When a new study came out late last year proving—scientifically!—how easy it is to turn opponents of gay marriage into supporters, the political scientist Andrew Gelman managed to summarize his reaction in a single unscientific word: “Wow!”
He was writing in the Washington Post, but his sentiment was echoed throughout the mainstream liberal press: the big daily newspapers, websites like Vox and the Huffington Post, TV network news, and public radio—especially public radio. Twitter lit up like a nonsectarian Holiday Tree. The men and women who write about “social science” were uniformly giddy.
Why the commotion? For years, social scientists have believed (scientifically) that it is extremely difficult to change another person’s political opinions, especially if the other person is an “everyday American” and not a social scientist. Multiple studies and mounds of research—by political scientists, sociologists, social psychologists, all kinds of scientists—have confirmed the bullheadedness of everyday Americans. People’s attitudes and opinions are not the consequence of argument or experience, research revealed, but rather of unreasoning bias and emotion. The studies proving this, by the way, are not the consequence of bias and emotion. They are designed by scientific researchers studying other people.
So imagine the surprise when a pair of researchers found that Americans weren’t so stubborn after all, at least when the subject was gay marriage. The scientists, one from Columbia, another from UCLA, published their paper last December. The paper was called “When Contact Changes Minds: An experiment on the transmission of gay equality.” What happened in the experiment was this: Homosexual canvassers and heterosexual canvassers were assigned to go door to door in Los Angeles talking to voters about gay marriage. Ultimately canvassers talked to nearly 10,000 voters living in precincts that had voted for Proposition 8 in 2008. Prop 8, if you need reminding, is the nefarious (among social scientists) constitutional amendment banning gay marriage in California. These Angelenos were hard cases, in other words. But they cracked with astonishing ease.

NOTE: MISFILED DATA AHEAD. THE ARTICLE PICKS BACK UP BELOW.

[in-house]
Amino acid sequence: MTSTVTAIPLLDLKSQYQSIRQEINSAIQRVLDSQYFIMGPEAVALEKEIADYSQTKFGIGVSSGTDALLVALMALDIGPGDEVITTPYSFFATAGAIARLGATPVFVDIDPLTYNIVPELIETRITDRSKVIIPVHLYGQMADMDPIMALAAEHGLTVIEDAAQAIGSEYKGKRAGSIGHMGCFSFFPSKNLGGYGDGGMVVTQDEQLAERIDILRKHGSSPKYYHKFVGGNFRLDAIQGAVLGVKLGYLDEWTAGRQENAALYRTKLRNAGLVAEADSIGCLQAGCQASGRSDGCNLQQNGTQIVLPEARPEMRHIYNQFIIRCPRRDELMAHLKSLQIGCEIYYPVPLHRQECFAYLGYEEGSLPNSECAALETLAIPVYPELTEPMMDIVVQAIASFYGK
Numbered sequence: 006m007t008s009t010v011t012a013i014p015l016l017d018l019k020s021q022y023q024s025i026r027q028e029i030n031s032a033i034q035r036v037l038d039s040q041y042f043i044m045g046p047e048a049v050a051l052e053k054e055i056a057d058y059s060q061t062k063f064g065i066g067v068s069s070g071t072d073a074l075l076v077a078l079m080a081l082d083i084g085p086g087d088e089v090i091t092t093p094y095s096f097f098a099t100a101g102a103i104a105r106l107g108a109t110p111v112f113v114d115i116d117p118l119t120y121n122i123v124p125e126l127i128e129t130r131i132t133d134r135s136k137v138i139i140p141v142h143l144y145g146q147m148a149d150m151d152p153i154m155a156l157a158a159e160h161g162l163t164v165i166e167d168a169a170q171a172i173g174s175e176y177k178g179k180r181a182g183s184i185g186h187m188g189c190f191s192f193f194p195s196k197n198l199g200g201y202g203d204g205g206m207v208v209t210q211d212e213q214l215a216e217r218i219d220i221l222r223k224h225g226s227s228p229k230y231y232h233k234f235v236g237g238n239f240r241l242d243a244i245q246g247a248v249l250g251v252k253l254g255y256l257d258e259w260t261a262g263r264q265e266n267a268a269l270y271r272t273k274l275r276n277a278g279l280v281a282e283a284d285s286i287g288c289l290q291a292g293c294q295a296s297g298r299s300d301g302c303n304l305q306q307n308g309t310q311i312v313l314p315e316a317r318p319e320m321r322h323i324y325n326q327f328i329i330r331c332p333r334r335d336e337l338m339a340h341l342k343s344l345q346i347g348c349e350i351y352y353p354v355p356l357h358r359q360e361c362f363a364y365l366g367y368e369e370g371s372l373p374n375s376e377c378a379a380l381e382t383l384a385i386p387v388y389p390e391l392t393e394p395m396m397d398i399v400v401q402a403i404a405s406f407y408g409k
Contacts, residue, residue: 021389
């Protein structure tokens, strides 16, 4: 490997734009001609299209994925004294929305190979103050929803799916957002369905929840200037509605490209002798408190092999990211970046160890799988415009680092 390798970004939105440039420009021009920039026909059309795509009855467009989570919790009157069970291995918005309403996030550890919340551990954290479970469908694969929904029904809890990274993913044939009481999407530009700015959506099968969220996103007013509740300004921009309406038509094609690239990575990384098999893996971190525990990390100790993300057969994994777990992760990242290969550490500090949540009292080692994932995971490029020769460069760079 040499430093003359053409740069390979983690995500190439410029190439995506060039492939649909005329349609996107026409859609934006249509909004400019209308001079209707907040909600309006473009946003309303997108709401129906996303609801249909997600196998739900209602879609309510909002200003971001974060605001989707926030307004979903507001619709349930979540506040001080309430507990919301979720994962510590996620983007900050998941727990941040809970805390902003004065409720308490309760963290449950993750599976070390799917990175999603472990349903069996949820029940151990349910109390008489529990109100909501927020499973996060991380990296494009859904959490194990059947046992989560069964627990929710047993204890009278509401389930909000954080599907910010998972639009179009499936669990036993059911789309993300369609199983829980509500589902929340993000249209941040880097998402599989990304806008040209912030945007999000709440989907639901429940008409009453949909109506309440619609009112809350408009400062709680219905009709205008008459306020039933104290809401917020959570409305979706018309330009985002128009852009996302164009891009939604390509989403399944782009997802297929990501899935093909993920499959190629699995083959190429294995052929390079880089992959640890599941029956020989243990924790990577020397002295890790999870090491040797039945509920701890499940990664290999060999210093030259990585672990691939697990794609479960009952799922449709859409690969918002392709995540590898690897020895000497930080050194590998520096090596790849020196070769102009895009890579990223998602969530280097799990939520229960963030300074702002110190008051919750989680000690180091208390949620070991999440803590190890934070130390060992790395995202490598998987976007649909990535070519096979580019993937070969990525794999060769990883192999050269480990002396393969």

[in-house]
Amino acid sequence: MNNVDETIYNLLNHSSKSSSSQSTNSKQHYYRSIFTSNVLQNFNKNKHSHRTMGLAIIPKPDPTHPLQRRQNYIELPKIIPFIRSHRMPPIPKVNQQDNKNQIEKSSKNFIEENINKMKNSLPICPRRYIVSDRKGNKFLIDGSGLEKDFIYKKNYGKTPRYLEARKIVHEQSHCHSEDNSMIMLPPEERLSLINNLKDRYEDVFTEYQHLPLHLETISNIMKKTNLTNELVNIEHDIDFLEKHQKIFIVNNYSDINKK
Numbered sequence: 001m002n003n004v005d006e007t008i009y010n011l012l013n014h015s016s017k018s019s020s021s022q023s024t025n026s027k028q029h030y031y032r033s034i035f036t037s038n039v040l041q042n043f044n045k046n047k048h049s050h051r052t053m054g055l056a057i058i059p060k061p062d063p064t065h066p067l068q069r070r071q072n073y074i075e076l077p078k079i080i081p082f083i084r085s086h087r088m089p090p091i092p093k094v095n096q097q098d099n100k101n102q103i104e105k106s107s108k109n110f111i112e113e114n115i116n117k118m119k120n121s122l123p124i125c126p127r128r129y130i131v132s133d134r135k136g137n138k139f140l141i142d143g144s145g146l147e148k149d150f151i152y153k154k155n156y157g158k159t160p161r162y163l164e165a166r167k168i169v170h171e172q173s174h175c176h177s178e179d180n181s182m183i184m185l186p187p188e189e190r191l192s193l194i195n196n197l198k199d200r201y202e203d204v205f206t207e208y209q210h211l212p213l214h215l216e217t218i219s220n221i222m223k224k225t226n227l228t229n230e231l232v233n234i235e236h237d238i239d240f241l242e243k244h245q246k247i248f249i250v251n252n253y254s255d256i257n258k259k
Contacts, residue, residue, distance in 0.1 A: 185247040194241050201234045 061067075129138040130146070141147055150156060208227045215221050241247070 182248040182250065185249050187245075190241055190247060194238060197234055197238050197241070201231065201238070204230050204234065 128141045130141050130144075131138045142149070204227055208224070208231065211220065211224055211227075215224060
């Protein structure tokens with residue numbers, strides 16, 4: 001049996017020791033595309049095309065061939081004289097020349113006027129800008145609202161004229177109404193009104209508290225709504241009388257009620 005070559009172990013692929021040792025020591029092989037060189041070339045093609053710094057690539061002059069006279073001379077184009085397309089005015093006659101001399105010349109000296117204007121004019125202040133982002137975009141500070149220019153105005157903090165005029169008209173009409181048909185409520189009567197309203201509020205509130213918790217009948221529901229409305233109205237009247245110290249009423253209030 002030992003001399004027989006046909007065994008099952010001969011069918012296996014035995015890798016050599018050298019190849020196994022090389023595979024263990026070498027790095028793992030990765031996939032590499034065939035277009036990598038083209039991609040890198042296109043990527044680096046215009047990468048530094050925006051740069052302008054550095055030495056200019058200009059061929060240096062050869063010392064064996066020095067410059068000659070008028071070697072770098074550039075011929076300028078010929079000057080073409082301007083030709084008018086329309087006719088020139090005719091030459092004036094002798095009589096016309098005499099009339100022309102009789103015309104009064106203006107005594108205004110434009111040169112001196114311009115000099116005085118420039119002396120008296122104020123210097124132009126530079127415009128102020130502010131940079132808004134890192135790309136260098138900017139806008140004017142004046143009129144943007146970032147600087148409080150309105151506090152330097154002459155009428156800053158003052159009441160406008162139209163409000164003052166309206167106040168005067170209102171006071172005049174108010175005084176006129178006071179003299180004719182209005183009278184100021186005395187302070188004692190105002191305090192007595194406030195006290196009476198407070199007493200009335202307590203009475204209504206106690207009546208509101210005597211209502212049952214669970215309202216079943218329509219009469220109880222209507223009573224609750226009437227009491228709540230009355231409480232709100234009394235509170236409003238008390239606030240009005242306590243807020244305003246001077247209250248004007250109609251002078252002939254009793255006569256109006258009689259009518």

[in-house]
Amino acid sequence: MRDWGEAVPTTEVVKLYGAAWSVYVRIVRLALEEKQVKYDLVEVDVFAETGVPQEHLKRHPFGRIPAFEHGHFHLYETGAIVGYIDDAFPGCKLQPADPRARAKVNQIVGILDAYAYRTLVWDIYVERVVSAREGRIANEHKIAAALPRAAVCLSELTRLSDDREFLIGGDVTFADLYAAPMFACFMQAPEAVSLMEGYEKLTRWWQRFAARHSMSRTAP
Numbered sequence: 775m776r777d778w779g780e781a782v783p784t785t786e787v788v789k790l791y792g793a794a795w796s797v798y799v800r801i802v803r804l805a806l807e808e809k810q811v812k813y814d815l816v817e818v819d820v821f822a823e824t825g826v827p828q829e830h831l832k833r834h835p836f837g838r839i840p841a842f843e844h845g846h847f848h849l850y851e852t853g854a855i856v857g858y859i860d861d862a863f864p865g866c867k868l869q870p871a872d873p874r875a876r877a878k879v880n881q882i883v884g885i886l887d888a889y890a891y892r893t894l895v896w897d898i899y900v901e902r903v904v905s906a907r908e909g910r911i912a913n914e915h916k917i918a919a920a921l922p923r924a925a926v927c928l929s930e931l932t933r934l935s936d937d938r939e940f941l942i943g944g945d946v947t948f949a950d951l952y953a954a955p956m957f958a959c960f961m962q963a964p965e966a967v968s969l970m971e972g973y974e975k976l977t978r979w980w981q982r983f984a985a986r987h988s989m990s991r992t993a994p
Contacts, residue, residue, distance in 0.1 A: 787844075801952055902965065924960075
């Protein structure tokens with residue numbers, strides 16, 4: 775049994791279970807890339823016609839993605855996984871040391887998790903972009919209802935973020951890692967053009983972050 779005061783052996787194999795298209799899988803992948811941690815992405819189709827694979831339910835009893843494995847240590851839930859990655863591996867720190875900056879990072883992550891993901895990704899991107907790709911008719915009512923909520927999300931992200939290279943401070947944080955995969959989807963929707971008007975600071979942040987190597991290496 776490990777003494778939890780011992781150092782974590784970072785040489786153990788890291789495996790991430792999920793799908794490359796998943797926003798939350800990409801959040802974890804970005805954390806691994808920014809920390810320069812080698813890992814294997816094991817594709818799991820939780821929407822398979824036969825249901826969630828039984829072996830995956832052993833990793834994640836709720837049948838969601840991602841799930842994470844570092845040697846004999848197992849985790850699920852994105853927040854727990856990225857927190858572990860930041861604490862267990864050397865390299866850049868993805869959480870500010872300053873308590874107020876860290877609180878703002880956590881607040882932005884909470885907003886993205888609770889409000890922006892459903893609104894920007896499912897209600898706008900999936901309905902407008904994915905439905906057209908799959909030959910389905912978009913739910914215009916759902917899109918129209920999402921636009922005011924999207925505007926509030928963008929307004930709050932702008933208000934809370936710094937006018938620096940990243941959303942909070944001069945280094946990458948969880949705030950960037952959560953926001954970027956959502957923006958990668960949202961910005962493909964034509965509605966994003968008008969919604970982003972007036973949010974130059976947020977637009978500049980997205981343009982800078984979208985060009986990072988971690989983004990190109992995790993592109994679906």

The writers who cover social science were deeply impressed with the scientific rigor of this experiment. For control purposes, some of the voters were canvassed by a gay canvasser, others by a straight canvasser (other controls were used too). The canvassers didn’t argue with the everyday Americans, they didn’t cajole or steamroll them with facts. Instead they read from a script provided by a local gay rights organization, which also recruited the canvassers. The canvassers were supposed to keep the conversation going for 20 minutes. The script could be loosely or closely followed, but at all times, according to the press release accompanying the study, the canvassers would be engaged in “heartfelt, reciprocal, and vulnerable conversations.”
Heartfelt, reciprocal, and highly persuasive. Over the course of the conversations, the researchers said, a very large number of voters changed their initial view on gay marriage from anti- to pro. (None of the voters who was for gay marriage changed his mind.)
This wouldn’t be big news, necessarily. Short-term effects like this are pretty common among the people you find in social science experiments. They say they change their minds but then they change back again.
The big news in “When Contact Changes Minds” was that the minds stayed changed! When the canvassers went back to the voters at intervals of three weeks, six weeks, nine months, and a year, most of the changelings were still in favor of gay marriage. Even better, the gay canvassers managed to change many more minds for longer periods than the straight canvassers. And a further survey discovered that the respondents were, on average, able to persuade at least one member of their household to take the pro-gay marriage view too.
Vox, a well-trafficked website that often explains the complexities of social science to its readers, put it like this: “Before, respondents felt the same about gay marriage as Nebraskans; after, they felt the same as folks from Massachusetts.” There is no better definition of heaven, scientists say.
The researchers wrote up their report and sent it off to the “peer-reviewed” journal Science. The peers reviewed it. They gave the editors a thumbs-up. The gay rights group in L.A. rushed out a press release. The swoon, as I say, was universal.